Posted by: Saving Water SA (Cape Town, South Africa) – partnered with Water Rhapsody conservation systems – 08 July 2011
The Deputy Ministers of Water and Environmental Affairs, Ms Rejoice Mabudafhasi, MP, and the Deputy Minister of Defence and Military Veterans, Mr Thabang Makwetla, MP, today [4 July 2011] issued a stern warning to Shanduka Coal Mines in Middleburg, Mpumalanga, to comply with government regulations on environment and the National Water Act or face the music.
The warning came after the two deputy ministers visited the mine plants this morning and found that the operation of its two subsidiaries violated the basic rules of environment and they did not have a water use license. It was also discovered that the two plants polluted a main road that passes through them by littering coal dust on the road.
At a meeting with Shanduka management the deputy ministers also warned the mine owners against operating their plants without a proper hazardous waste management policy which they said could lead to a hazardous health risk to the nearby community. The hazardous waste from the coal could also lead to the destruction of a forest which is next to the mine plants.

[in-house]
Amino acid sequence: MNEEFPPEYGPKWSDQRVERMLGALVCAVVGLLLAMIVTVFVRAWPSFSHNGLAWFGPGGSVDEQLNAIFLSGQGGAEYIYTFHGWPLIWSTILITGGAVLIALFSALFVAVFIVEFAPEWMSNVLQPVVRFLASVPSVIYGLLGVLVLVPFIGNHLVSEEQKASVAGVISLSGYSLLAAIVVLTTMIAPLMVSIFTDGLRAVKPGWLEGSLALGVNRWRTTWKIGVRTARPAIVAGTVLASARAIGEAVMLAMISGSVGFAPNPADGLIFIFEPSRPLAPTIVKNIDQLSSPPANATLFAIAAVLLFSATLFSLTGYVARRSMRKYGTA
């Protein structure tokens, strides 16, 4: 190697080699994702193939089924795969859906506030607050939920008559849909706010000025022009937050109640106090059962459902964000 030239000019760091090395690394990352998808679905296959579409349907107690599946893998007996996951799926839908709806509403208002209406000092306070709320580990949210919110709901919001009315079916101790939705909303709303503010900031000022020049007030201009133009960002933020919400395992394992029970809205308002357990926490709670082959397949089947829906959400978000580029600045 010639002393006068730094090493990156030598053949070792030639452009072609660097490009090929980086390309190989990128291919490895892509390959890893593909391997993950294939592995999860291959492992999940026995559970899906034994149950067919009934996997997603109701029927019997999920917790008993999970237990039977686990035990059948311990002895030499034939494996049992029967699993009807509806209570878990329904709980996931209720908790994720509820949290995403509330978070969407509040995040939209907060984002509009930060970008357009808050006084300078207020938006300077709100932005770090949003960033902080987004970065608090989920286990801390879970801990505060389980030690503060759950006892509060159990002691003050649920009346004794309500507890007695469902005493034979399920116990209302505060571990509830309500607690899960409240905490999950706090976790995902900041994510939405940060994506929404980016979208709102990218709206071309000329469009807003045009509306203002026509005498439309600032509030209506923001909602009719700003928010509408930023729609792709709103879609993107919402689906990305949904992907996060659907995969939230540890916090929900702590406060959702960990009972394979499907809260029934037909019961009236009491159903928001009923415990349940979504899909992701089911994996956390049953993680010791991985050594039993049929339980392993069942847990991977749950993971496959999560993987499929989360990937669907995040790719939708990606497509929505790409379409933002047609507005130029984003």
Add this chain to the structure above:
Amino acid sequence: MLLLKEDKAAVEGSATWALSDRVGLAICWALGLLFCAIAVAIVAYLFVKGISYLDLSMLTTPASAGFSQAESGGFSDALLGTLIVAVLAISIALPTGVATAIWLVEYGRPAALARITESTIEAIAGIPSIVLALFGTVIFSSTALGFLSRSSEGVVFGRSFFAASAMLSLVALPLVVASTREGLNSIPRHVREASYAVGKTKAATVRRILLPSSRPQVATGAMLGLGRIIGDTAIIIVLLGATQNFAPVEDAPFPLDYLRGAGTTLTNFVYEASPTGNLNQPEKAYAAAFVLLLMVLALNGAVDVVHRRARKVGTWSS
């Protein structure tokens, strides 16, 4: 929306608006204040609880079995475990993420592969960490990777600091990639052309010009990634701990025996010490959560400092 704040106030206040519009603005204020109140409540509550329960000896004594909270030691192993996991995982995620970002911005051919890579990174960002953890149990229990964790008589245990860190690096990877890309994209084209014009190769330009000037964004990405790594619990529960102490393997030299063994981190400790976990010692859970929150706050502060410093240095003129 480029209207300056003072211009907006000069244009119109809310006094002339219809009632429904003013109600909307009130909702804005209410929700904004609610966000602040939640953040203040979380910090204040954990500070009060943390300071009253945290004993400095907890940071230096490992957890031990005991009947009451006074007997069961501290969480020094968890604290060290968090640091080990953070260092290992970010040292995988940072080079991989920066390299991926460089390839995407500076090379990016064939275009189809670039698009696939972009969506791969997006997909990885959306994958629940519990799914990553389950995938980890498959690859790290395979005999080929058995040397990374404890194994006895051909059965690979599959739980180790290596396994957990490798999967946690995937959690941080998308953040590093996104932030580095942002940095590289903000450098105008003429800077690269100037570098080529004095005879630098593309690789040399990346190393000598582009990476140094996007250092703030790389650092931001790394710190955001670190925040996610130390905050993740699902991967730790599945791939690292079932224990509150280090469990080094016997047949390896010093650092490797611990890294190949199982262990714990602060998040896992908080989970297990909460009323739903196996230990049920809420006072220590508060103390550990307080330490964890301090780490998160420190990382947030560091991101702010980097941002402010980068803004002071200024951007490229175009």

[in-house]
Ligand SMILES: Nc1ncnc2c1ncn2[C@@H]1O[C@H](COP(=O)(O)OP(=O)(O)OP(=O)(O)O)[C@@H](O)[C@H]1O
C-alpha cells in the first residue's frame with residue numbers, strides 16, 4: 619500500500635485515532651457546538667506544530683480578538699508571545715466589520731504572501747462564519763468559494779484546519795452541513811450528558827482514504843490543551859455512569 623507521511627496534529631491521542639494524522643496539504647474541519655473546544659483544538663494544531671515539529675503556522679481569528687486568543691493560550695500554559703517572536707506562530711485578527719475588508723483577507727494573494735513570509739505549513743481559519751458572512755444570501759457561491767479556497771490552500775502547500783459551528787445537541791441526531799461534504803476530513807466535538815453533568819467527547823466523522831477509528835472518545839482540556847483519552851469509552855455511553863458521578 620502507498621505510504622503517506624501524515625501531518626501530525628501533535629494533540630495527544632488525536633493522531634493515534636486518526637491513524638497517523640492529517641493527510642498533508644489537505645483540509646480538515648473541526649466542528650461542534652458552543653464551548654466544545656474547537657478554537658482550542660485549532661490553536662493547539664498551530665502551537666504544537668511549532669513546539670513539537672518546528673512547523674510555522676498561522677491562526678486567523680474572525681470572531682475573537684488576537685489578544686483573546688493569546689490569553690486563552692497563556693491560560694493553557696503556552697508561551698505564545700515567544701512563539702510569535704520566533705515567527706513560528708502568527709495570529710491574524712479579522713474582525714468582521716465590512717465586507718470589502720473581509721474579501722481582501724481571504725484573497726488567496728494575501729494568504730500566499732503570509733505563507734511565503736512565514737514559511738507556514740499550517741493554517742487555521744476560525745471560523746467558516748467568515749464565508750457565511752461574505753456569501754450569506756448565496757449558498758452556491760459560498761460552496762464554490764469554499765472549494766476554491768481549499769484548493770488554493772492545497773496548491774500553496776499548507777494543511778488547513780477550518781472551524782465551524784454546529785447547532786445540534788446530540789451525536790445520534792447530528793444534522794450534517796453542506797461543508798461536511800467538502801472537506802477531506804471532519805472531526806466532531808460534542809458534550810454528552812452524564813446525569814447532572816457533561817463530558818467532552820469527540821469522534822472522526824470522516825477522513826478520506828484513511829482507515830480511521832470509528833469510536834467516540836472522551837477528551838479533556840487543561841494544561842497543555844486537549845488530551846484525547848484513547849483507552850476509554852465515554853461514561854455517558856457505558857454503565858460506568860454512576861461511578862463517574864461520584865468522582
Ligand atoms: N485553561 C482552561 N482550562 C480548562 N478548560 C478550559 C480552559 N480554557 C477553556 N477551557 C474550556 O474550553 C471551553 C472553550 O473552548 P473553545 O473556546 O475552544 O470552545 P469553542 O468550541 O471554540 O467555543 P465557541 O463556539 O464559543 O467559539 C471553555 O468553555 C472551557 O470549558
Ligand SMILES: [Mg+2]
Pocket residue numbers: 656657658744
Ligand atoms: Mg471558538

“We are concerned that your mine violates the basic environmental laws of this country. We are also worried that you continue with your operations without a water use license. It is arrogant of you to want to deviate a busy provincial road that is used by the public for the sake of your profits,” the deputy ministers told mine management.
The deputy ministers were also concerned about Shanduka operating their two plants across the busy R555 Road which leads from N4 into Middleburg town. Sometimes traffic along this road came to a halt to allow the mine trucks to ferry coal across the road. The deputy ministers asked the mine management to construct its private road that would allow its trucks to operate without interfering with the public road.
However, the Chief Operations Officer of the Shanduka Mine, Mr Zirk Van der Bank, assured the deputy ministers that his company would do its best to comply with government requirements for operating the mine.